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The Incredible Inman: Bakula hoped each leap would be the 'Quantum Leap' home

| Sunday, July 28, 2013, 9:00 p.m.

Question: I remember a show that starred Patrick Swayze as a character who would go back in time but he would take the form of another person, sometimes even a woman. Can you tell me the title of the show and when it ran?

Answer: Sounds like “Quantum Leap,” which ran on NBC from 1989 to 1993. Swayze wasn't in the show; our hero was Scott Bakula. He played a physicist named Sam Beckett who became lost in time as a result of an experiment gone wrong. Sam's sidekick was a hologram named Al, played by Dean Stockwell. Sam's travels were mostly during the 20th century, giving the producers a chance to make lots of references to the pop culture and music of the time.

Q.: I'm writing about one of my favorite TV shows. What is happening with the cast of “NCIS”? First a female agent is killed by a sniper, then Gibbs' mentor is murdered and now Ziva David (Cote de Pablo) is being dropped. Do you have any insight regarding Ms. de Pablo?

A.: De Pablo is leaving “NCIS” by her choice. She will appear at the beginning on next season to wrap up her character's storyline.

Q.: I remember a song from the 1970s with the words “Me and my arrow.” No one else remembers it! I seem to think it was from a show or a cartoon. Please help!

A.: “Me and My Arrow” is a song from “The Point,” a project by singer-composer Harry Nilsson that became a TV special, an album and a play. The animated TV special aired in 1971, and the record album came out soon after.

“The Point” was a fable about a boy named Oblio (voice from Mike Lookinland of “The Brady Bunch”) who lived in a land where everything had a point, including the tops of people's heads. Oblio didn't have a point, so he had to wear a pointed hat. And his dog was named Arrow.

Other voices were provided by Paul Frees, Lennie Weinrib and Dustin Hoffman, as the father who told the story. Hoffman's voice was used only on the first broadcast; on the home video version, the voice was that of Ringo Starr.

Q.: There was a western series back around the time of “The High Chaparral” and “Cheyenne” that featured a character named Beau. Does this sound familiar? Am I dreaming?

A.: No, you're not. And I call this “A Tale of Two Beaus.”

One Beau was on the NBC Western “Tales of Wells Fargo,” which was about the stagecoach line and not about some people who work in a bank. On this series there was a character named Beau McCloud, played by Jack Ging. “Tales of Wells Fargo” ran from 1957 to 1962.

Then, over on ABC, you had Roger Moore as Beau Maverick on “Maverick.” Moore was a regular on the series from 1960 to 1962. He joined the show when star James Garner, who played Bret Maverick, left the series in a salary dispute.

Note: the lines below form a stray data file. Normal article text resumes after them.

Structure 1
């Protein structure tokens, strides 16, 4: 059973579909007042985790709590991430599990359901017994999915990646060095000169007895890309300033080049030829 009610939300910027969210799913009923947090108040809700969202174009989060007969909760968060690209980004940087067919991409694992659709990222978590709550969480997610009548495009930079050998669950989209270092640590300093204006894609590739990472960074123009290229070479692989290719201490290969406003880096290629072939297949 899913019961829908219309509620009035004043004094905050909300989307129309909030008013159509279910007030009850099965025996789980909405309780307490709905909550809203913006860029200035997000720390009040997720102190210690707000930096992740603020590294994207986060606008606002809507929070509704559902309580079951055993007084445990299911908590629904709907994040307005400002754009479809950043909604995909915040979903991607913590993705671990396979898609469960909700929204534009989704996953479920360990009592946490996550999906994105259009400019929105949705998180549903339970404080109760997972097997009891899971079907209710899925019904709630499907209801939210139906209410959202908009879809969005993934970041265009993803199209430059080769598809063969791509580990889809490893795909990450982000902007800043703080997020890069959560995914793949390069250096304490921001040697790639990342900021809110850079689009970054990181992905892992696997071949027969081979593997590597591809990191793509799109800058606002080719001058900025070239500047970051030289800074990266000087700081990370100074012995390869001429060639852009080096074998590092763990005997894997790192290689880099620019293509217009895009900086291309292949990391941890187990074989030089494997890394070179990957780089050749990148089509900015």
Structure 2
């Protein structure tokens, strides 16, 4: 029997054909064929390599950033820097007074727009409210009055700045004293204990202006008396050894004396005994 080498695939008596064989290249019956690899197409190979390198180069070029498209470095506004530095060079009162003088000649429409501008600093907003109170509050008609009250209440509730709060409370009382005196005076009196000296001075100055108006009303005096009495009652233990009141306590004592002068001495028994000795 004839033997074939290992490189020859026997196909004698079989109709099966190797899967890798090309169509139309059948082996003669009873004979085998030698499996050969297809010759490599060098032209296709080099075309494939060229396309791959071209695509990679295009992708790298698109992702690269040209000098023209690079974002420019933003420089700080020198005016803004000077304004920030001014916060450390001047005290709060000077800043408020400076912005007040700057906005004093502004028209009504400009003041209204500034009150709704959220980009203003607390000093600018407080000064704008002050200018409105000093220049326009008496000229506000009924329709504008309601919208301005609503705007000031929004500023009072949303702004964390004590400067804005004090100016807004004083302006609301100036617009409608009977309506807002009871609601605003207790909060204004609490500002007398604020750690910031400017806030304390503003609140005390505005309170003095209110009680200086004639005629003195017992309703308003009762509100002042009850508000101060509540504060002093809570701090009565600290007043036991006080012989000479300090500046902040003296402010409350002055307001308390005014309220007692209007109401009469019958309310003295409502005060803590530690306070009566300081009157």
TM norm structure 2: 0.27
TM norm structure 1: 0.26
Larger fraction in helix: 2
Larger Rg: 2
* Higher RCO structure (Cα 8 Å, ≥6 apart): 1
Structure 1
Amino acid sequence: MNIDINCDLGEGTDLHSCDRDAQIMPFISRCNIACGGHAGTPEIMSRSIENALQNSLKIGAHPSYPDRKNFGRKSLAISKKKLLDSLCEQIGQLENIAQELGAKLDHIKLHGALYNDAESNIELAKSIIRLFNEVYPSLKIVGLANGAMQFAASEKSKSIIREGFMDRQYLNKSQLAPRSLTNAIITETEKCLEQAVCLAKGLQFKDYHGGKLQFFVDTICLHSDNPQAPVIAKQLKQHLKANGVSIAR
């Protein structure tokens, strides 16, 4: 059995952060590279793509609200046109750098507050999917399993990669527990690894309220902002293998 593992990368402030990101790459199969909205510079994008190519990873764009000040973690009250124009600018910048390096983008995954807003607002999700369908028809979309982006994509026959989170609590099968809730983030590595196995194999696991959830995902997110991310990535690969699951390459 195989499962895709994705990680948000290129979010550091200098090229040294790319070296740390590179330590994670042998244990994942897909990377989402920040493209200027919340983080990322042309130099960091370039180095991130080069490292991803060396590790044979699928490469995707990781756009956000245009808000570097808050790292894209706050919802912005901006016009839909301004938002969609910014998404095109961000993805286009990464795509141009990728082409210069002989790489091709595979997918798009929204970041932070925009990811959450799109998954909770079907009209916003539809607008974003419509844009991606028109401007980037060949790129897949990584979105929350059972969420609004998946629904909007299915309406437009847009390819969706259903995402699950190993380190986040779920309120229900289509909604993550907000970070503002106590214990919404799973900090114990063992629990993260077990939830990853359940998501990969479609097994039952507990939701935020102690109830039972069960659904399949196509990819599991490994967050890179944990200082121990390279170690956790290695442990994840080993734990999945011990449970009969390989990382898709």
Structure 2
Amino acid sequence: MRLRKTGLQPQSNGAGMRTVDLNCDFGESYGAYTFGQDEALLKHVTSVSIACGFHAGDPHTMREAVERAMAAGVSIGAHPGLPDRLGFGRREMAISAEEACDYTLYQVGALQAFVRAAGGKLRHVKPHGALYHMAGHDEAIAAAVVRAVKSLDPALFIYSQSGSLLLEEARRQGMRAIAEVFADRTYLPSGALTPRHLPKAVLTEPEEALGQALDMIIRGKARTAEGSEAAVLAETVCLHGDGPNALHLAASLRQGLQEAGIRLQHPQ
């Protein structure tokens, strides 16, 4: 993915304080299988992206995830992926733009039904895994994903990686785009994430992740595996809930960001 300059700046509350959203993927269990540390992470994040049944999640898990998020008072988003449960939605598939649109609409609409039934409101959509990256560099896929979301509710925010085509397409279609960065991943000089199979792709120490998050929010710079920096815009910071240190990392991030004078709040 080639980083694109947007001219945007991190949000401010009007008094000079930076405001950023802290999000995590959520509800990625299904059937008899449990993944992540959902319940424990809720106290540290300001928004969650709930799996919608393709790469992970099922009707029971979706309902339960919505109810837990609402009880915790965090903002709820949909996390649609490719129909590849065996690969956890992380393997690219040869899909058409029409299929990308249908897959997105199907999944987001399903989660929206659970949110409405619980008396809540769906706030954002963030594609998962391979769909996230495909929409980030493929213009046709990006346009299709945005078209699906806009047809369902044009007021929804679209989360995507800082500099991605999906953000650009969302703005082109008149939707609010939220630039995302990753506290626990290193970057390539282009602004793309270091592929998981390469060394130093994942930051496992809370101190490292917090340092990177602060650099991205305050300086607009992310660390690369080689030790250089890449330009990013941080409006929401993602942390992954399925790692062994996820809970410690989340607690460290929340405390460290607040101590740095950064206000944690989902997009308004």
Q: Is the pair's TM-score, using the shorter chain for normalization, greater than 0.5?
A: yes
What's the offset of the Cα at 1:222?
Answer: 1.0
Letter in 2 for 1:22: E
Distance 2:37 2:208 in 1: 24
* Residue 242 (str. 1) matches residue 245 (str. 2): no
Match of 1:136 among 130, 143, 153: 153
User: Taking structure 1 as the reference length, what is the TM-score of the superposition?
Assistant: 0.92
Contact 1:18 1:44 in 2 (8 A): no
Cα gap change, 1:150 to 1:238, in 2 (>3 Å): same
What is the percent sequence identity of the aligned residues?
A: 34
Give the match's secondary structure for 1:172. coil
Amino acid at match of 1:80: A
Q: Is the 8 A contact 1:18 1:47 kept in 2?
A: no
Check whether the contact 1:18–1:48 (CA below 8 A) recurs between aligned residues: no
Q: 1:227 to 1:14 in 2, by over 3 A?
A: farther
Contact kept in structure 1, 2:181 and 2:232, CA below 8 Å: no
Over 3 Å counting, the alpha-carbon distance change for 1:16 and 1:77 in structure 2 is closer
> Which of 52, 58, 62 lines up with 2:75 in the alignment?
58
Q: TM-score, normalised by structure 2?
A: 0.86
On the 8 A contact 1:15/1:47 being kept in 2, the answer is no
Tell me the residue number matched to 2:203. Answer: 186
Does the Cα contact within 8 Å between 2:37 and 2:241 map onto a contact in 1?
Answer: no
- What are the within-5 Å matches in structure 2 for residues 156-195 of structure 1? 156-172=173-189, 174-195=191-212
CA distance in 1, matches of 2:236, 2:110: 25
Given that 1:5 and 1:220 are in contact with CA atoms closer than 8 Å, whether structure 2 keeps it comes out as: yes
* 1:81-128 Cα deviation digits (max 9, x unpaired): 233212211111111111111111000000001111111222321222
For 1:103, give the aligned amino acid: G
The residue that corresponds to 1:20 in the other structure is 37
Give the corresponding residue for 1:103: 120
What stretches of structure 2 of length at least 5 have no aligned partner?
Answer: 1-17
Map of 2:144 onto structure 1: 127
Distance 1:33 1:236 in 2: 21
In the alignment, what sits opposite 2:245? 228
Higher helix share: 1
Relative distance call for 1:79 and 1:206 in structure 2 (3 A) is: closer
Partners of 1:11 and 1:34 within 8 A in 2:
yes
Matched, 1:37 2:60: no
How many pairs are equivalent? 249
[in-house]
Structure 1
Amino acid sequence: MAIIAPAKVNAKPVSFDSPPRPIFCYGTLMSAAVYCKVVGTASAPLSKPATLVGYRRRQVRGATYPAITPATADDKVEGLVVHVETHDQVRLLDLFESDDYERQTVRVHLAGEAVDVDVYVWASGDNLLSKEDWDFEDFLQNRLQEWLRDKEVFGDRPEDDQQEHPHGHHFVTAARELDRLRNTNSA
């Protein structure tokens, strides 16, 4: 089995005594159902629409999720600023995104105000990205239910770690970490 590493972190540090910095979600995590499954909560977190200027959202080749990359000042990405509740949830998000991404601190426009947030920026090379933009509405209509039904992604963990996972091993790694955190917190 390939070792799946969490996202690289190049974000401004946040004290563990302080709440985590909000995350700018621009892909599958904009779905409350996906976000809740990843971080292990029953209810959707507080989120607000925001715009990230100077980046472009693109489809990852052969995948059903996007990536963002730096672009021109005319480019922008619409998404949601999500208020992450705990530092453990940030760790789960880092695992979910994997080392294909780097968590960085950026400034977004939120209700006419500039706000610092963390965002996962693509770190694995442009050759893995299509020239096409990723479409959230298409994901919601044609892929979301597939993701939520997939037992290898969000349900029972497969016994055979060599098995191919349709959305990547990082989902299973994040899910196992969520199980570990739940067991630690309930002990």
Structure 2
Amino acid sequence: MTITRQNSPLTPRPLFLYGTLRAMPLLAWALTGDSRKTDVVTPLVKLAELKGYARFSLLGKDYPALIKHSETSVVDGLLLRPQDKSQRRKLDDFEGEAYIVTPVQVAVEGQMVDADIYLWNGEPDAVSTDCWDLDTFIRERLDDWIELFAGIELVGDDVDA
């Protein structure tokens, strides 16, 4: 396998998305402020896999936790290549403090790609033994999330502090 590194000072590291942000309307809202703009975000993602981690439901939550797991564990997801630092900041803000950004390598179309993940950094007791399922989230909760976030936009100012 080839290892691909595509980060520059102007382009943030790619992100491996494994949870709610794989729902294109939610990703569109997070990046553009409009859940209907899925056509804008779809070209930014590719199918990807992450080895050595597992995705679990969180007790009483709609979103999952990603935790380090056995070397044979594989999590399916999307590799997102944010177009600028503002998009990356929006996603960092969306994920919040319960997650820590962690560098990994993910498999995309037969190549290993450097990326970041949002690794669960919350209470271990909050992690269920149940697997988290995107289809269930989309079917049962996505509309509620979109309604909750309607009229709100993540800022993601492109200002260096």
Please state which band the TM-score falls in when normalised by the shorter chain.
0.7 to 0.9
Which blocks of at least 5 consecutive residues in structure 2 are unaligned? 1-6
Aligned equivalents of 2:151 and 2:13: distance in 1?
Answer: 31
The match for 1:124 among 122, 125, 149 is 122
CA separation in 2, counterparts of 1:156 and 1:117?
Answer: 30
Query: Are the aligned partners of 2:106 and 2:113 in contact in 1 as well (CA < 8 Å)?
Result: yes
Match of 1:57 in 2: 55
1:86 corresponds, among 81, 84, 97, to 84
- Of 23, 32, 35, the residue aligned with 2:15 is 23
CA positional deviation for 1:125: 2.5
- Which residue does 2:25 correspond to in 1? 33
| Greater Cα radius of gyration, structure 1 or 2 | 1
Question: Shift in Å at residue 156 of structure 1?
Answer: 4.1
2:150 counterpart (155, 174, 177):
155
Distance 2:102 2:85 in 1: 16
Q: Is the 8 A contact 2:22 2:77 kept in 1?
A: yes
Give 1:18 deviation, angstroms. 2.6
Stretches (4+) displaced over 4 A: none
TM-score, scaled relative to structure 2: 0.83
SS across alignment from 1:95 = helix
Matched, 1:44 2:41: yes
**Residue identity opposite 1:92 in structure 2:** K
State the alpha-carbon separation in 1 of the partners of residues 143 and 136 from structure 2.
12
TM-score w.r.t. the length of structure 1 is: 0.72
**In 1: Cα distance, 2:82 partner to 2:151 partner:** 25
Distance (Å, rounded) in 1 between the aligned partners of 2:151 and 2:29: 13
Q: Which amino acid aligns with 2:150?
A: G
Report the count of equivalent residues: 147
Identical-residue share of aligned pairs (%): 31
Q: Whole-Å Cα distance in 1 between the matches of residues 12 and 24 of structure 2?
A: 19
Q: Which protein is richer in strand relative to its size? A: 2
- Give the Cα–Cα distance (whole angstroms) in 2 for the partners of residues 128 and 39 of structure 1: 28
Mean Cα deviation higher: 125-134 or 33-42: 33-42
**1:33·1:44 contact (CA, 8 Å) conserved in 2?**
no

Those are all the Beaus of which I knows.

Q.: I watch “Pawn Stars” and I keep trying to figure out what happened to Darrell Sheets and Dave Hester. Hester seems to have disappeared and Sheets isn't totally gone, but he's on fewer shows. What's up?

A.: Well, let's take these one at a time.

Dave Hester filed a lawsuit against A&E and the show's producers in late 2012, claiming that certain elements of the show were staged. A judge tossed out part of Hester's claim in March, and just a few weeks ago the suit was decided against Hester, who was also ordered to pay $122,000 in legal fees for A&E and the producers. So he's history.

Darrell Sheets is still a regular, but he has cut back on his appearances since hitting a locker with artwork and collectibles valued at $300,000, the largest in the show's history.

And you didn't ask about him, but my favorite participant, Barry Weiss, will not be returning to the show next season.

Q.: As a kid I always watched “The Lawrence Welk Show” and I loved the dance team of Cissy and Bobby. But my husband says Bobby had another partner, not Cissy. We've argued about this more often than I feel is normal. Can you settle this, please?

A.: Well, Bobby Burgess had several partners during his tenure on “The Lawrence Welk Show.”

He joined the series in 1961 with partner Barbara Boylan, and they appeared on the show together until 1967. That same year Bobby's partner became Cissy King, and they appeared together until 1978. In 1979, Barbara Boylan returned for a few episodes, and then Elaine Balden became Bobby's partner until the show ended its run in 1982.

Trivia: Bobby is married to Kristin Floren, daughter of longtime Welk accordionist Myron Floren. Awww.

I fear that every reader we have under age 22 has just fallen asleep.

Q.: I remember a creepy TV movie from the 1970s or ‘80s. It was about two sisters. The family was on a car trip and one sister tied the other sister's shoes together. Then there was a car accident and the sister couldn't escape. She died and began haunting the family. Title, please?

A.: That's the 1982 TV movie “Don't Go to Sleep,” with Dennis Weaver, Valerie Harper and Ruth Gordon.

Q.: “Longmire” is my new favorite show, and I'm trying to figure out where I have seen the actor who plays Walt before. Can you help re-start my memory?

A.: Well, Robert Taylor, who plays the role, is from Australia. But he did play Agent Jones in “The Matrix” and he was a regular on the BBC series “Ballykissangel,” which has aired on PBS. (He played Father Vincent Sheahan.)

Write David Inman in care of The (Louisville, Ky.) Courier-Journal, 525 W. Broadway, P.O. Box 740031, Louisville, KY 40201-7431; or email him at

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